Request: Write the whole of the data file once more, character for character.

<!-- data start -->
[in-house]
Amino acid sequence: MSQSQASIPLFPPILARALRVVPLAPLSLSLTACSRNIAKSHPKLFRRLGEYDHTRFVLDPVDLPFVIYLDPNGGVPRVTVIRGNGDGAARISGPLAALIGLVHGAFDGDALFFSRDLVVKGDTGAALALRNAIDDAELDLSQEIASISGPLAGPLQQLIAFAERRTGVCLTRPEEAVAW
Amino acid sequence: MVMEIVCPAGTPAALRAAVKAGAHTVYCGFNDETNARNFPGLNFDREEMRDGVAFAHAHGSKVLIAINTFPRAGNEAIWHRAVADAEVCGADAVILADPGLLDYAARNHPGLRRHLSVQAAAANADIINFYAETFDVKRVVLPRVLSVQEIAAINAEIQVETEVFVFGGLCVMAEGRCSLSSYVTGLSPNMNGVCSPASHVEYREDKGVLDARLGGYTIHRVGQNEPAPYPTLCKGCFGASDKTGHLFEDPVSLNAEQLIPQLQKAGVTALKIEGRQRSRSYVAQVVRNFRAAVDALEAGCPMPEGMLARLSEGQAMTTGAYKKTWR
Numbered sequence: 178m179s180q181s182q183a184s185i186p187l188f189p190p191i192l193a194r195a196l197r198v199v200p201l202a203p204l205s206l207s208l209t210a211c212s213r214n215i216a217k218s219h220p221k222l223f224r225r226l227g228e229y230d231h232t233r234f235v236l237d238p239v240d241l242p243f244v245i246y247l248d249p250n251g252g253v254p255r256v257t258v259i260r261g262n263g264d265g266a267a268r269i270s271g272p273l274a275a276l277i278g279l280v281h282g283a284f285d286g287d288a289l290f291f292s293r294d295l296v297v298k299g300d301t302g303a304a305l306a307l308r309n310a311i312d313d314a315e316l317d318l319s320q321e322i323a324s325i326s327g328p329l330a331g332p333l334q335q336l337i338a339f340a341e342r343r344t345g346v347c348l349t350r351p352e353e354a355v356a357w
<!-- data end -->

[in-house]
Amino acid sequence: MSQSQASIPLFPPILARALRVVPLAPLSLSLTACSRNIAKSHPKLFRRLGEYDHTRFVLDPVDLPFVIYLDPNGGVPRVTVIRGNGDGAARISGPLAALIGLVHGAFDGDALFFSRDLVVKGDTGAALALRNAIDDAELDLSQEIASISGPLAGPLQQLIAFAERRTGVCLTRPEEAVAW
Amino acid sequence: MVMEIVCPAGTPAALRAAVKAGAHTVYCGFNDETNARNFPGLNFDREEMRDGVAFAHAHGSKVLIAINTFPRAGNEAIWHRAVADAEVCGADAVILADPGLLDYAARNHPGLRRHLSVQAAAANADIINFYAETFDVKRVVLPRVLSVQEIAAINAEIQVETEVFVFGGLCVMAEGRCSLSSYVTGLSPNMNGVCSPASHVEYREDKGVLDARLGGYTIHRVGQNEPAPYPTLCKGCFGASDKTGHLFEDPVSLNAEQLIPQLQKAGVTALKIEGRQRSRSYVAQVVRNFRAAVDALEAGCPMPEGMLARLSEGQAMTTGAYKKTWR
Numbered sequence: 178m179s180q181s182q183a184s185i186p187l188f189p190p191i192l193a194r195a196l197r198v199v200p201l202a203p204l205s206l207s208l209t210a211c212s213r214n215i216a217k218s219h220p221k222l223f224r225r226l227g228e229y230d231h232t233r234f235v236l237d238p239v240d241l242p243f244v245i246y247l248d249p250n251g252g253v254p255r256v257t258v259i260r261g262n263g264d265g266a267a268r269i270s271g272p273l274a275a276l277i278g279l280v281h282g283a284f285d286g287d288a289l290f291f292s293r294d295l296v297v298k299g300d301t302g303a304a305l306a307l308r309n310a311i312d313d314a315e316l317d318l319s320q321e322i323a324s325i326s327g328p329l330a331g332p333l334q335q336l337i338a339f340a341e342r343r344t345g346v347c348l349t350r351p352e353e354a355v356a357w